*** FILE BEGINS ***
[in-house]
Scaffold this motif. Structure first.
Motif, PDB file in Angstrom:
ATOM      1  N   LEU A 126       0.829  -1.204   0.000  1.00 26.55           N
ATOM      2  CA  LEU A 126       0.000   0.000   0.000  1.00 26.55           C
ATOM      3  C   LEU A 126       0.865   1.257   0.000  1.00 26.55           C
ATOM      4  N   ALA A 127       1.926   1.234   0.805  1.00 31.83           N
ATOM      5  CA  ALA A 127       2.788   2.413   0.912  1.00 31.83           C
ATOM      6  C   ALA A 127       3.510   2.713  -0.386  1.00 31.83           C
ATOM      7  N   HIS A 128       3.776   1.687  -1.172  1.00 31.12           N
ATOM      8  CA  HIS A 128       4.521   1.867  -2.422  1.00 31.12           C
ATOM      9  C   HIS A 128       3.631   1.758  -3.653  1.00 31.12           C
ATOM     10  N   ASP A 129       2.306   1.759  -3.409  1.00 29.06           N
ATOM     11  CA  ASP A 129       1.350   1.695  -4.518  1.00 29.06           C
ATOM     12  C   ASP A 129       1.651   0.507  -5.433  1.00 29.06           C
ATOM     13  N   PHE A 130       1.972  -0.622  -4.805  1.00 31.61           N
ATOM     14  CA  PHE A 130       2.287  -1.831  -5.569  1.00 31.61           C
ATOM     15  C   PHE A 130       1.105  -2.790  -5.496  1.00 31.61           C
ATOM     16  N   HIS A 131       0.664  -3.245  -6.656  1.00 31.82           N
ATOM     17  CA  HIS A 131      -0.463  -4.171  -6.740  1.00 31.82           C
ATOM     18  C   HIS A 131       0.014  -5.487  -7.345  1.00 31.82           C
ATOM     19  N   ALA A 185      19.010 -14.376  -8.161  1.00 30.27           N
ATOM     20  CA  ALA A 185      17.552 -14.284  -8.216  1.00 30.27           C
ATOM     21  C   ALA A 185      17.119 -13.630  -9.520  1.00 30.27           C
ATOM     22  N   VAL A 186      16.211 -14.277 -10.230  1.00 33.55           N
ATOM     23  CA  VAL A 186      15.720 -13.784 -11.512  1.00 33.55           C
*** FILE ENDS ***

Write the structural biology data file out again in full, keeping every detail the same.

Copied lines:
[in-house]
Scaffold this motif. Structure first.
Motif, PDB file in Angstrom:
ATOM      1  N   LEU A 126       0.829  -1.204   0.000  1.00 26.55           N
ATOM      2  CA  LEU A 126       0.000   0.000   0.000  1.00 26.55           C
ATOM      3  C   LEU A 126       0.865   1.257   0.000  1.00 26.55           C
ATOM      4  N   ALA A 127       1.926   1.234   0.805  1.00 31.83           N
ATOM      5  CA  ALA A 127       2.788   2.413   0.912  1.00 31.83           C
ATOM      6  C   ALA A 127       3.510   2.713  -0.386  1.00 31.83           C
ATOM      7  N   HIS A 128       3.776   1.687  -1.172  1.00 31.12           N
ATOM      8  CA  HIS A 128       4.521   1.867  -2.422  1.00 31.12           C
ATOM      9  C   HIS A 128       3.631   1.758  -3.653  1.00 31.12           C
ATOM     10  N   ASP A 129       2.306   1.759  -3.409  1.00 29.06           N
ATOM     11  CA  ASP A 129       1.350   1.695  -4.518  1.00 29.06           C
ATOM     12  C   ASP A 129       1.651   0.507  -5.433  1.00 29.06           C
ATOM     13  N   PHE A 130       1.972  -0.622  -4.805  1.00 31.61           N
ATOM     14  CA  PHE A 130       2.287  -1.831  -5.569  1.00 31.61           C
ATOM     15  C   PHE A 130       1.105  -2.790  -5.496  1.00 31.61           C
ATOM     16  N   HIS A 131       0.664  -3.245  -6.656  1.00 31.82           N
ATOM     17  CA  HIS A 131      -0.463  -4.171  -6.740  1.00 31.82           C
ATOM     18  C   HIS A 131       0.014  -5.487  -7.345  1.00 31.82           C
ATOM     19  N   ALA A 185      19.010 -14.376  -8.161  1.00 30.27           N
ATOM     20  CA  ALA A 185      17.552 -14.284  -8.216  1.00 30.27           C
ATOM     21  C   ALA A 185      17.119 -13.630  -9.520  1.00 30.27           C
ATOM     22  N   VAL A 186      16.211 -14.277 -10.230  1.00 33.55           N
ATOM     23  CA  VAL A 186      15.720 -13.784 -11.512  1.00 33.55           C